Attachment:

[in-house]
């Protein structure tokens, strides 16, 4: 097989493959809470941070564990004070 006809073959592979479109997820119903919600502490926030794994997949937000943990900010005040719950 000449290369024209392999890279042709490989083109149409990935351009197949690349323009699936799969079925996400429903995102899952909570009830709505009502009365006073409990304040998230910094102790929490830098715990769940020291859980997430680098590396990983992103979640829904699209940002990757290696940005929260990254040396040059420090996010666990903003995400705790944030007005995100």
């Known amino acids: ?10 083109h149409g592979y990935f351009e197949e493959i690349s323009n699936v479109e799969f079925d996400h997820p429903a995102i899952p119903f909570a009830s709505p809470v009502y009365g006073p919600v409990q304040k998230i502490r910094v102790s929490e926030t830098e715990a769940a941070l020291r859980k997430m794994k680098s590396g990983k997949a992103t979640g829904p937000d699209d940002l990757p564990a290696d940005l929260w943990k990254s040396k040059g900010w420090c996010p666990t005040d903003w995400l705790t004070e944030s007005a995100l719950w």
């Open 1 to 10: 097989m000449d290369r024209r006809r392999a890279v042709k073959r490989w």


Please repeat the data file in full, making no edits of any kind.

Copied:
[in-house]
């Protein structure tokens, strides 16, 4: 097989493959809470941070564990004070 006809073959592979479109997820119903919600502490926030794994997949937000943990900010005040719950 000449290369024209392999890279042709490989083109149409990935351009197949690349323009699936799969079925996400429903995102899952909570009830709505009502009365006073409990304040998230910094102790929490830098715990769940020291859980997430680098590396990983992103979640829904699209940002990757290696940005929260990254040396040059420090996010666990903003995400705790944030007005995100």
């Known amino acids: ?10 083109h149409g592979y990935f351009e197949e493959i690349s323009n699936v479109e799969f079925d996400h997820p429903a995102i899952p119903f909570a009830s709505p809470v009502y009365g006073p919600v409990q304040k998230i502490r910094v102790s929490e926030t830098e715990a769940a941070l020291r859980k997430m794994k680098s590396g990983k997949a992103t979640g829904p937000d699209d940002l990757p564990a290696d940005l929260w943990k990254s040396k040059g900010w420090c996010p666990t005040d903003w995400l705790t004070e944030s007005a995100l719950w």
């Open 1 to 10: 097989m000449d290369r024209r006809r392999a890279v042709k073959r490989w």